“More raised voices and unsettled investors. More angst about shutdowns and fiscal cliffs, both bitter reminders of the nonstop drama of 2013, when nonessential services came to a halt for 16 days. And more fighting over raising the debt limit. For now, we expect a calmer resolution. No government shutdown this time around, though some tea partyers will no doubt call for one. And little chance of a debt ceiling stalemate. Still, both sides smolder from the last fight, just one spark from erupting,” Kiplinger concludes.


True to his word, Texas Gov. Rick Perry is forging ahead despite his indictment for abuse of power which has mesmerized the news media. He will, in fact, be in the nation’s capital this very Thursday.

Mr. Perry will appear at the Heritage Foundation discussing the topic, “The border crisis and the new politics of immigration.” He will be joined by National Review editor Rich Lowry, among others. Yes, you can watch the proceedings online beginning at 11 a.m. ET at Heritage.org.

The governor then moves on to the Granite State for a Saturday “victory rally” with the New Hampshire Republican Party in a small town near the Atlantic seacoast. It is truly grass roots. “Coffee and donuts provided,” the organization advises.


Louisiana Gov. Bobby Jindal has stepped up to support the aforementioned Rick Perry during his legal challenge. It has given a former Alaska governor great pause. Sarah Palin can relate to Mr. Perry

“I can value my own experience as a conservative governor dealing with left-wing activists who would stop at nothing to take out a successful Republican. I was riddled with countless frivolous ethics complaints and lawsuits after being nominated as the GOP vice presidential candidate, all in an attempt to derail my governorship and personally bankrupt my family,” Mrs. Palin recalls in a Fox News editorial.

“One by one these complaints were tossed out on the basis of their frivolity, but the activists got what they wanted via the complicit liberal media’s consistent headline: ‘Palin Charged With Ethic Complaints!’ It didn’t matter that the ‘complaint’ was for something as absurd as wearing an old snow machine jacket with my husband’s logo on it, or answering reporters’ questions inside my state office, or giving a pro bono speech for a pro-life charity,” Mrs. Palin writes.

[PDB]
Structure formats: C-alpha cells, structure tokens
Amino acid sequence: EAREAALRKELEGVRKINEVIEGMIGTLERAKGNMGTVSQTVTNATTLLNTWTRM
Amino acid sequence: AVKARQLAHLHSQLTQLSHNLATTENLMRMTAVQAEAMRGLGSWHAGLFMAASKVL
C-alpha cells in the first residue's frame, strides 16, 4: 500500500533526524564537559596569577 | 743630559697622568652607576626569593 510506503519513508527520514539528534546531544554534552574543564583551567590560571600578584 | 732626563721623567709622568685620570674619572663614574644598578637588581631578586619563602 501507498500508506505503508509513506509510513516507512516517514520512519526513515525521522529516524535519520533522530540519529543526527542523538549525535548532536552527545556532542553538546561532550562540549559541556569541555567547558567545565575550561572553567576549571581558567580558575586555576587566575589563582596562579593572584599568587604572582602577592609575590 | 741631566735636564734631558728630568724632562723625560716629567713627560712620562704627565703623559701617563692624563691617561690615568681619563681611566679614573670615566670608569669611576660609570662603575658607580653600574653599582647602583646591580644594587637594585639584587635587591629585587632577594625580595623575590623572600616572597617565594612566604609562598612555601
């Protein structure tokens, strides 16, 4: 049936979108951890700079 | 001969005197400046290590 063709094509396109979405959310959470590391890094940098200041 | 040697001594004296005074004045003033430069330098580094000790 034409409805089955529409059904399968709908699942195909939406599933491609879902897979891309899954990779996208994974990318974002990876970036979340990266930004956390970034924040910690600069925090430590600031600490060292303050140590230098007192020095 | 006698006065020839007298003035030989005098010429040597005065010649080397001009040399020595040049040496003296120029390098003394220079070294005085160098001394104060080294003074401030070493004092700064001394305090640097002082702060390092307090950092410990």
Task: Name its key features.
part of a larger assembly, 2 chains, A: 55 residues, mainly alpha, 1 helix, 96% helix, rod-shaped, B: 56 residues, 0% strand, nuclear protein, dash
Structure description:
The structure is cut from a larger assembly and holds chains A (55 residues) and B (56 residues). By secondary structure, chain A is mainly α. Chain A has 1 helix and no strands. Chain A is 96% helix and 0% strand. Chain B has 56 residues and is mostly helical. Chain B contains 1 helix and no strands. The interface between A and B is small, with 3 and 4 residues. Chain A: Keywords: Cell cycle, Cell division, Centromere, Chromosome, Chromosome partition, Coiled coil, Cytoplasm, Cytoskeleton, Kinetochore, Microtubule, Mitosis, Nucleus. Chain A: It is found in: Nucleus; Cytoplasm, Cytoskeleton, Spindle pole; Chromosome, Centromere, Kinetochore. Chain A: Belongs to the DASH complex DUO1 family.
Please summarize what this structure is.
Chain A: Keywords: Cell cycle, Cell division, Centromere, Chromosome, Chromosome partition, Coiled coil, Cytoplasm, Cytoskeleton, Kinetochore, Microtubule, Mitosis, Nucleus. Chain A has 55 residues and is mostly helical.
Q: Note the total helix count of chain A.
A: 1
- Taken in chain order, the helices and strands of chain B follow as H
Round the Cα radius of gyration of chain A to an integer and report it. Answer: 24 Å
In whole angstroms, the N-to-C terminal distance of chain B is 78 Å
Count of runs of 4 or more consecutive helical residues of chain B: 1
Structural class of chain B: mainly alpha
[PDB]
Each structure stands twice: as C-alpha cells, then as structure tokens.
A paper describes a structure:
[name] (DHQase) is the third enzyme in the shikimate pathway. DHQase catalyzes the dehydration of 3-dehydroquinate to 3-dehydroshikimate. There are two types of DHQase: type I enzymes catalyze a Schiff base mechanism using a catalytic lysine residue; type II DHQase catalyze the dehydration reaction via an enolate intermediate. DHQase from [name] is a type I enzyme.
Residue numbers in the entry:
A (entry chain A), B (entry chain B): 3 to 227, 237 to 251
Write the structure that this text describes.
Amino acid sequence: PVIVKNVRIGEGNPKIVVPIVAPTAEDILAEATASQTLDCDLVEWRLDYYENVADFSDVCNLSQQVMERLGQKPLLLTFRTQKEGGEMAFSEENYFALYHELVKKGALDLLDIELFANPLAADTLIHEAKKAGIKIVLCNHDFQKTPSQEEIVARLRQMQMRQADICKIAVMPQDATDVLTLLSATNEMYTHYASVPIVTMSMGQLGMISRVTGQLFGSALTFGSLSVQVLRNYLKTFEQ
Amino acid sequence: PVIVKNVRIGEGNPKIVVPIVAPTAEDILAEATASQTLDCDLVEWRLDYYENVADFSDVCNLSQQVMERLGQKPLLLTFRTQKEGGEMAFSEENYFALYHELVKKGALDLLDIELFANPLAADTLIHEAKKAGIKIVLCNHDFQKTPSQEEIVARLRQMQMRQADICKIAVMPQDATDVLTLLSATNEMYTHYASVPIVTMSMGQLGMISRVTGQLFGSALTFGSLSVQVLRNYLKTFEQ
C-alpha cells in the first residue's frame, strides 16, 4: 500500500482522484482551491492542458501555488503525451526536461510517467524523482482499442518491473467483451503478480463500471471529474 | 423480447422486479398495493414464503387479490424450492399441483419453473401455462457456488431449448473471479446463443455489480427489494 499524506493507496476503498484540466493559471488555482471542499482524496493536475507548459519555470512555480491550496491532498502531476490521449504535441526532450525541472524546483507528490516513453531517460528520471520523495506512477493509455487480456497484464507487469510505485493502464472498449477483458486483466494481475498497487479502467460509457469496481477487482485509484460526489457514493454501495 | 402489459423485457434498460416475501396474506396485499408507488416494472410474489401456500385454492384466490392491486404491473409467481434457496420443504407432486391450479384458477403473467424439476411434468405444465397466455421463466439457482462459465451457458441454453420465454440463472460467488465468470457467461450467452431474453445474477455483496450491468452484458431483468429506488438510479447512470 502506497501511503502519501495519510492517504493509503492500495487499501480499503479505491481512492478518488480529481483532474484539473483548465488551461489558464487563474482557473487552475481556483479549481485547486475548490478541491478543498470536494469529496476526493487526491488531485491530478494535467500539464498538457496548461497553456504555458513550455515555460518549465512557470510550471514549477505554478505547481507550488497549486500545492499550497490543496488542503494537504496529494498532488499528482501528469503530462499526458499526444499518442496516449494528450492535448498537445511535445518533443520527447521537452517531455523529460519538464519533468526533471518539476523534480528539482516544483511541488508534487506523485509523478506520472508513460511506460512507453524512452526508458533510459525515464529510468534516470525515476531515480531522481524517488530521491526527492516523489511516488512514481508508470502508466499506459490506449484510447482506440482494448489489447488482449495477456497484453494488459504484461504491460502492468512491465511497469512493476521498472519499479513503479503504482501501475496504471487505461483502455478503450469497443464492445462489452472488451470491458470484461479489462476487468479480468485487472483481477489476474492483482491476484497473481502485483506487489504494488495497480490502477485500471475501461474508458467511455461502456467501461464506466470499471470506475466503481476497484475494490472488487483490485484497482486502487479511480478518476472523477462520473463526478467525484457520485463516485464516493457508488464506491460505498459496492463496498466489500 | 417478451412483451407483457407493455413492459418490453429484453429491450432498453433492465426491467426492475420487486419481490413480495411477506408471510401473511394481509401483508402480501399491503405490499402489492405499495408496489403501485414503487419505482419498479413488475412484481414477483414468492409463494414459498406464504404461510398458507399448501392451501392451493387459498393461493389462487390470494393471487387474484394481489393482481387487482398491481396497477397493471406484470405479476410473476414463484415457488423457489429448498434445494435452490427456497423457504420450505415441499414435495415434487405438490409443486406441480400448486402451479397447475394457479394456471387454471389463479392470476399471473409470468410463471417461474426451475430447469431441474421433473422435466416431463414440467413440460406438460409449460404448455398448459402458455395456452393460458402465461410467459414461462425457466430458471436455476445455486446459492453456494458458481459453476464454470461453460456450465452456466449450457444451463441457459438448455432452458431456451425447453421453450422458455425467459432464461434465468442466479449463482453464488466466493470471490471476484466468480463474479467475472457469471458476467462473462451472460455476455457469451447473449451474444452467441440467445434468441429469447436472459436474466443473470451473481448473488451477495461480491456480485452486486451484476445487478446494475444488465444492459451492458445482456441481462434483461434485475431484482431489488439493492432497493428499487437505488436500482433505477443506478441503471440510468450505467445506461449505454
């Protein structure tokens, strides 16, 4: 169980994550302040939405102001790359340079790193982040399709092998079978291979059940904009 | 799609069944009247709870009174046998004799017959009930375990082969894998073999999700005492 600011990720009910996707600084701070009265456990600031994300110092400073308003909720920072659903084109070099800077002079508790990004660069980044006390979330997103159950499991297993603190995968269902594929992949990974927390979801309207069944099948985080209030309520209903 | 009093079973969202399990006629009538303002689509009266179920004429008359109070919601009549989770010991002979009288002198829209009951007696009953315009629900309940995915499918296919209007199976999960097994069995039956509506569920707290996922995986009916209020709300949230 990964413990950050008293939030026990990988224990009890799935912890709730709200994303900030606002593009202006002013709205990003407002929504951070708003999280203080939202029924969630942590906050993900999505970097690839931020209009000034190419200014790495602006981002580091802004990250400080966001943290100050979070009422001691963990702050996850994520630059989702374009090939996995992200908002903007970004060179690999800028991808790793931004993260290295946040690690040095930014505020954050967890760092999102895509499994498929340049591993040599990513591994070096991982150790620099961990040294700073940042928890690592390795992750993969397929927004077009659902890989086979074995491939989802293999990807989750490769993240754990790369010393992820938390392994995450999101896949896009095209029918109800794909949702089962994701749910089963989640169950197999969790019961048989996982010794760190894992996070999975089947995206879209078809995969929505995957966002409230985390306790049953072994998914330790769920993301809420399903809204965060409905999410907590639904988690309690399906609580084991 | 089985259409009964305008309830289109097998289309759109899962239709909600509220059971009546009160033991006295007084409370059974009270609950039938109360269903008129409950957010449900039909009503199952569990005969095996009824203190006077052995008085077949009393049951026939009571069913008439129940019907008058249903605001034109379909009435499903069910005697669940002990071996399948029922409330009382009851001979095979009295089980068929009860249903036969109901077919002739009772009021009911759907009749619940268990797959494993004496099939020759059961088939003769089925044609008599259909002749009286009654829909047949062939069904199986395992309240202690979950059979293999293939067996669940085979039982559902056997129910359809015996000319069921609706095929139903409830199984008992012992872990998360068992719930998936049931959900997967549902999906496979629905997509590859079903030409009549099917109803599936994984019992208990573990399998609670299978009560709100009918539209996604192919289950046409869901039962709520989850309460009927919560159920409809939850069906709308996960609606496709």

“The media breathlessly reported on every one of the liberal’s complaints with bold font, front page coverage. But when each one was overturned, most times we never even saw one mention about our vindication,” she adds. “I have no doubt that Rick Perry will weather this storm because he’s better prepared for this kind of B.S. than we were up here in Texas’s big sister state, when the politics of personal destruction ramped up to unimaginable levels,” she says.


45 percent of Americans have confidence in the investigations of the Michael Brown shooting; 18 percent of blacks and 52 percent of whites agree.

41 percent overall say they do not have confidence in the investigations; 76 percent of blacks and 33 percent of whites agree.

44 percent say the Ferguson riots and the shooting of a black teen raises “important issues about race”; 80 percent of blacks and 37 percent of whites agree.

40 percent overall say race is getting too much attention in the matter; 18 percent of blacks and 47 percent of whites agree.

27 percent of Americans are following the Ferguson story “very closely”; 54 percent of blacks and 25 percent of whites agree.

Source: A Pew Research Center poll of 1,000 U.S. adults conducted Aug. 14-17.

Glum predictions and churlish remarks to [email protected] times.com.

Sign up for Daily Newsletters

Manage Newsletters

Copyright © 2019 The Washington Times, LLC. Click here for reprint permission.

Please read our comment policy before commenting.


Click to Read More and View Comments

Click to Hide